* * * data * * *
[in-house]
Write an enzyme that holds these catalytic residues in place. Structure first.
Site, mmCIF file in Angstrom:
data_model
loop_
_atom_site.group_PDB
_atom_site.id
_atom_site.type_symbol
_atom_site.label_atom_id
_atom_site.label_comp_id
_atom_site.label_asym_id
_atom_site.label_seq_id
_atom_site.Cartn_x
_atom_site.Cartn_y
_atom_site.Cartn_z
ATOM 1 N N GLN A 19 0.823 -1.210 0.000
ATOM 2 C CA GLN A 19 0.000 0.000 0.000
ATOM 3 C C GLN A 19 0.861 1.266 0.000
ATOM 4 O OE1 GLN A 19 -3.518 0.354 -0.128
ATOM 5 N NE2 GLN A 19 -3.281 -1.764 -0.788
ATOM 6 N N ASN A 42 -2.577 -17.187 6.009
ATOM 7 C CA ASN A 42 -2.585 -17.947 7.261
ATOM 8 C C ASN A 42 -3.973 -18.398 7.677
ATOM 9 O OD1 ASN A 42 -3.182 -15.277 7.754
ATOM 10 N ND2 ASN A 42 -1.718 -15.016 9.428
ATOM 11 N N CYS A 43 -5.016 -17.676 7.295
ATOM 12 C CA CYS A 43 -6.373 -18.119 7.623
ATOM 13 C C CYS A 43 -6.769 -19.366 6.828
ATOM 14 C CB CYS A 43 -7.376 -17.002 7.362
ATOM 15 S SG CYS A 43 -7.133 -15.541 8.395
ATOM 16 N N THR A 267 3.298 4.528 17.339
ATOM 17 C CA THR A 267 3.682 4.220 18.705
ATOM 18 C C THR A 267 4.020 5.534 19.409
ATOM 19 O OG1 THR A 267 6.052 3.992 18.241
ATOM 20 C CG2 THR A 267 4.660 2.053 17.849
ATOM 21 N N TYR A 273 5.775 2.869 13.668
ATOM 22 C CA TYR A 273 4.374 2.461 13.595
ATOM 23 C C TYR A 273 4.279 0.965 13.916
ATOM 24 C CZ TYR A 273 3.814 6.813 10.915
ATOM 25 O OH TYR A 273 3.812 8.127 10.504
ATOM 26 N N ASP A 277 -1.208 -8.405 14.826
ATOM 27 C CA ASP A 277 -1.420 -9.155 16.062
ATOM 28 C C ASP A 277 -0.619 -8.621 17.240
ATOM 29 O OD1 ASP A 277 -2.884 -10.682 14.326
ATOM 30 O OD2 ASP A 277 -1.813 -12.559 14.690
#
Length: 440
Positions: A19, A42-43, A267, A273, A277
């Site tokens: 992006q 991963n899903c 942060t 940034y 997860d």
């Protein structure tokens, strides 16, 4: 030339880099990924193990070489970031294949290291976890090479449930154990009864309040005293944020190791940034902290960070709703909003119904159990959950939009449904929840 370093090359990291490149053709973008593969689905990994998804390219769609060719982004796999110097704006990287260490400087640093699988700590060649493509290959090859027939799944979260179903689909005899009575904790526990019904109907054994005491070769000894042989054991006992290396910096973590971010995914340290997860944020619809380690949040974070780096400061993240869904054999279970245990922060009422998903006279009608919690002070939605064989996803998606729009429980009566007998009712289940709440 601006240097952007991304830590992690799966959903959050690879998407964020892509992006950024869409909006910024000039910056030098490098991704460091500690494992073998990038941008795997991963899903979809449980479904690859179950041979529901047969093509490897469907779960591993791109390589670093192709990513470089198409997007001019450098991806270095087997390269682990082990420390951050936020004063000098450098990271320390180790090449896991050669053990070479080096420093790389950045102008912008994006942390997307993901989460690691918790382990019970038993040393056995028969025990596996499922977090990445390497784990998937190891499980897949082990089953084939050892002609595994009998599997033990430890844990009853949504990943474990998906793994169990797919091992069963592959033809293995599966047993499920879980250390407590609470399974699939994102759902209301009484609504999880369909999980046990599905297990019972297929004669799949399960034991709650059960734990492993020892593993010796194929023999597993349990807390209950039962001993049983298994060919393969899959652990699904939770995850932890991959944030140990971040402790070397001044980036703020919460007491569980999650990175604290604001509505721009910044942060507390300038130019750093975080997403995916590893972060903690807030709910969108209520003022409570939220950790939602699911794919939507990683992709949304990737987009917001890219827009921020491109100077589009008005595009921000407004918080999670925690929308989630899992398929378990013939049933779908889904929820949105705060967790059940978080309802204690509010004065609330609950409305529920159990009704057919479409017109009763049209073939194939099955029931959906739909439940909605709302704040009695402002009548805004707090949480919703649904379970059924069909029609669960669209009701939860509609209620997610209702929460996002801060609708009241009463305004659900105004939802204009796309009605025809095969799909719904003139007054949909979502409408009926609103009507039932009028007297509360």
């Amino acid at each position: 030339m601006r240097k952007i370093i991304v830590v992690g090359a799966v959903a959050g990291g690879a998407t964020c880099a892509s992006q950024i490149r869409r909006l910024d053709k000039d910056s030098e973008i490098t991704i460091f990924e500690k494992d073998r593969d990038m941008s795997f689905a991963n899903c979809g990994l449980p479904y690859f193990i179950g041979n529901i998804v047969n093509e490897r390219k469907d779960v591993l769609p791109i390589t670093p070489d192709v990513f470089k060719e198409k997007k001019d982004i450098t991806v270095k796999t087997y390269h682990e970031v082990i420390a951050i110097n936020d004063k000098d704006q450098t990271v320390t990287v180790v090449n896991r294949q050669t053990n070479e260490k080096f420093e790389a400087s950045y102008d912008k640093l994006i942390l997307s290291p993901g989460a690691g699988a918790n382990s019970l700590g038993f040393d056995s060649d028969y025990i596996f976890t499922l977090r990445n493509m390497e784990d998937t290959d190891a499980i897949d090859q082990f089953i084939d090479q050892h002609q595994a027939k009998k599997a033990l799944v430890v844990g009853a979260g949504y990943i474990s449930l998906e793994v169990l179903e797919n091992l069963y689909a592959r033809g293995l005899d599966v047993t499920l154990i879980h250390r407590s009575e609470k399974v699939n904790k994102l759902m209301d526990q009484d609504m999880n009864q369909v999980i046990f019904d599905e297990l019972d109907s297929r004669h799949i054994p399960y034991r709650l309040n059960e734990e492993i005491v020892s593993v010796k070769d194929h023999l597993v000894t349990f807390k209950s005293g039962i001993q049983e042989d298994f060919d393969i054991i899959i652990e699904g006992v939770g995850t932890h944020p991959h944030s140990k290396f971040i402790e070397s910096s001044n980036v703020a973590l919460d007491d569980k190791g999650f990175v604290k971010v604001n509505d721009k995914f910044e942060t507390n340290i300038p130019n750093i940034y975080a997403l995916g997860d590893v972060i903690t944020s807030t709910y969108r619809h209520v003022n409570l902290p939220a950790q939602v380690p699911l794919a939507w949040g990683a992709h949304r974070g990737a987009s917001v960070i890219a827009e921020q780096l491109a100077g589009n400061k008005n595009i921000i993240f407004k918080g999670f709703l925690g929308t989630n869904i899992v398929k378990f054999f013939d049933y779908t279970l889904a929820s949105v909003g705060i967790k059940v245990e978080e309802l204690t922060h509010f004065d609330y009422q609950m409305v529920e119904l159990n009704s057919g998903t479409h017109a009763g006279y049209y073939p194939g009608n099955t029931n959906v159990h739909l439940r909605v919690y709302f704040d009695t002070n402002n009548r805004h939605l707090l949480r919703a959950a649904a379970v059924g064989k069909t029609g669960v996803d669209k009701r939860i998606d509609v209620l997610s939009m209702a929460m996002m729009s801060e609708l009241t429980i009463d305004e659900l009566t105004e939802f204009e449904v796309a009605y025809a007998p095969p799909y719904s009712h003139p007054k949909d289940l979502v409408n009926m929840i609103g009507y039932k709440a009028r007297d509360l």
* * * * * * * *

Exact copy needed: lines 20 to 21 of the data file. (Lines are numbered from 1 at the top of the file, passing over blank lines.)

ATOM 5 N NE2 GLN A 19 -3.281 -1.764 -0.788
ATOM 6 N N ASN A 42 -2.577 -17.187 6.009